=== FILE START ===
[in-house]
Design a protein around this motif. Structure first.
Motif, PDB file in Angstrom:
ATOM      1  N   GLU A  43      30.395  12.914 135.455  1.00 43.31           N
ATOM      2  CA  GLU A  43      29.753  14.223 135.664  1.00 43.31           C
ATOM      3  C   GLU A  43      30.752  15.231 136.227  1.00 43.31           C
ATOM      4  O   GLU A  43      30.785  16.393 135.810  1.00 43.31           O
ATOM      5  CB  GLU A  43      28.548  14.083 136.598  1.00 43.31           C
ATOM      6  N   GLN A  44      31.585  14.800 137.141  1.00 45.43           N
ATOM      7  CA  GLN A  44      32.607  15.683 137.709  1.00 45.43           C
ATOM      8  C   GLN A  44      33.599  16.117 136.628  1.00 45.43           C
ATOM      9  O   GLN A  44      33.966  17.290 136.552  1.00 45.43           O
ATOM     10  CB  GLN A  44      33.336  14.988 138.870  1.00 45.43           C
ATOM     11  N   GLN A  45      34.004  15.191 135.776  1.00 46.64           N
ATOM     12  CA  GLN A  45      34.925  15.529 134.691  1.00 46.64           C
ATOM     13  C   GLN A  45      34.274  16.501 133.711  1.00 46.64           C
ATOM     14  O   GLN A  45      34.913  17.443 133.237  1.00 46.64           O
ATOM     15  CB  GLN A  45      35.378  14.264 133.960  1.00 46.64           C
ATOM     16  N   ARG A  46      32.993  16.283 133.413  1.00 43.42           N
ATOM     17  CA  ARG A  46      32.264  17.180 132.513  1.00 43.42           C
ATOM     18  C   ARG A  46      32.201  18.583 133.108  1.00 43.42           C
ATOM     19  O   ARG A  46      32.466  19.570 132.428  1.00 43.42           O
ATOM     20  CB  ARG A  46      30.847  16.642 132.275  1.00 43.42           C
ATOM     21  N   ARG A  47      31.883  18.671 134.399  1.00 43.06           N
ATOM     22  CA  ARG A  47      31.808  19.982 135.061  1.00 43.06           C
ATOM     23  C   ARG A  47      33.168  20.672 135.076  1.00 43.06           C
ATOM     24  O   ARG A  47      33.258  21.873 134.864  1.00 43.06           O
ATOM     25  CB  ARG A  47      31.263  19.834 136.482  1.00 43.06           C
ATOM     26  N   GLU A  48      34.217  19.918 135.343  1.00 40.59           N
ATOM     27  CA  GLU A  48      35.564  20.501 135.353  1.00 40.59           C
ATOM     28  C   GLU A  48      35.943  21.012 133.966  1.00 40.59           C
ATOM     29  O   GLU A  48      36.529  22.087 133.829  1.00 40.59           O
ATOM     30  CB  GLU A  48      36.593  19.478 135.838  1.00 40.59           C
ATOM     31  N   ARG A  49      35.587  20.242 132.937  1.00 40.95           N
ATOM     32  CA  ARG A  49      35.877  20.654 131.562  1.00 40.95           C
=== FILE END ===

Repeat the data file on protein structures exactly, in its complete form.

[in-house]
Design a protein around this motif. Structure first.
Motif, PDB file in Angstrom:
ATOM      1  N   GLU A  43      30.395  12.914 135.455  1.00 43.31           N
ATOM      2  CA  GLU A  43      29.753  14.223 135.664  1.00 43.31           C
ATOM      3  C   GLU A  43      30.752  15.231 136.227  1.00 43.31           C
ATOM      4  O   GLU A  43      30.785  16.393 135.810  1.00 43.31           O
ATOM      5  CB  GLU A  43      28.548  14.083 136.598  1.00 43.31           C
ATOM      6  N   GLN A  44      31.585  14.800 137.141  1.00 45.43           N
ATOM      7  CA  GLN A  44      32.607  15.683 137.709  1.00 45.43           C
ATOM      8  C   GLN A  44      33.599  16.117 136.628  1.00 45.43           C
ATOM      9  O   GLN A  44      33.966  17.290 136.552  1.00 45.43           O
ATOM     10  CB  GLN A  44      33.336  14.988 138.870  1.00 45.43           C
ATOM     11  N   GLN A  45      34.004  15.191 135.776  1.00 46.64           N
ATOM     12  CA  GLN A  45      34.925  15.529 134.691  1.00 46.64           C
ATOM     13  C   GLN A  45      34.274  16.501 133.711  1.00 46.64           C
ATOM     14  O   GLN A  45      34.913  17.443 133.237  1.00 46.64           O
ATOM     15  CB  GLN A  45      35.378  14.264 133.960  1.00 46.64           C
ATOM     16  N   ARG A  46      32.993  16.283 133.413  1.00 43.42           N
ATOM     17  CA  ARG A  46      32.264  17.180 132.513  1.00 43.42           C
ATOM     18  C   ARG A  46      32.201  18.583 133.108  1.00 43.42           C
ATOM     19  O   ARG A  46      32.466  19.570 132.428  1.00 43.42           O
ATOM     20  CB  ARG A  46      30.847  16.642 132.275  1.00 43.42           C
ATOM     21  N   ARG A  47      31.883  18.671 134.399  1.00 43.06           N
ATOM     22  CA  ARG A  47      31.808  19.982 135.061  1.00 43.06           C
ATOM     23  C   ARG A  47      33.168  20.672 135.076  1.00 43.06           C
ATOM     24  O   ARG A  47      33.258  21.873 134.864  1.00 43.06           O
ATOM     25  CB  ARG A  47      31.263  19.834 136.482  1.00 43.06           C
ATOM     26  N   GLU A  48      34.217  19.918 135.343  1.00 40.59           N
ATOM     27  CA  GLU A  48      35.564  20.501 135.353  1.00 40.59           C
ATOM     28  C   GLU A  48      35.943  21.012 133.966  1.00 40.59           C
ATOM     29  O   GLU A  48      36.529  22.087 133.829  1.00 40.59           O
ATOM     30  CB  GLU A  48      36.593  19.478 135.838  1.00 40.59           C
ATOM     31  N   ARG A  49      35.587  20.242 132.937  1.00 40.95           N
ATOM     32  CA  ARG A  49      35.877  20.654 131.562  1.00 40.95           C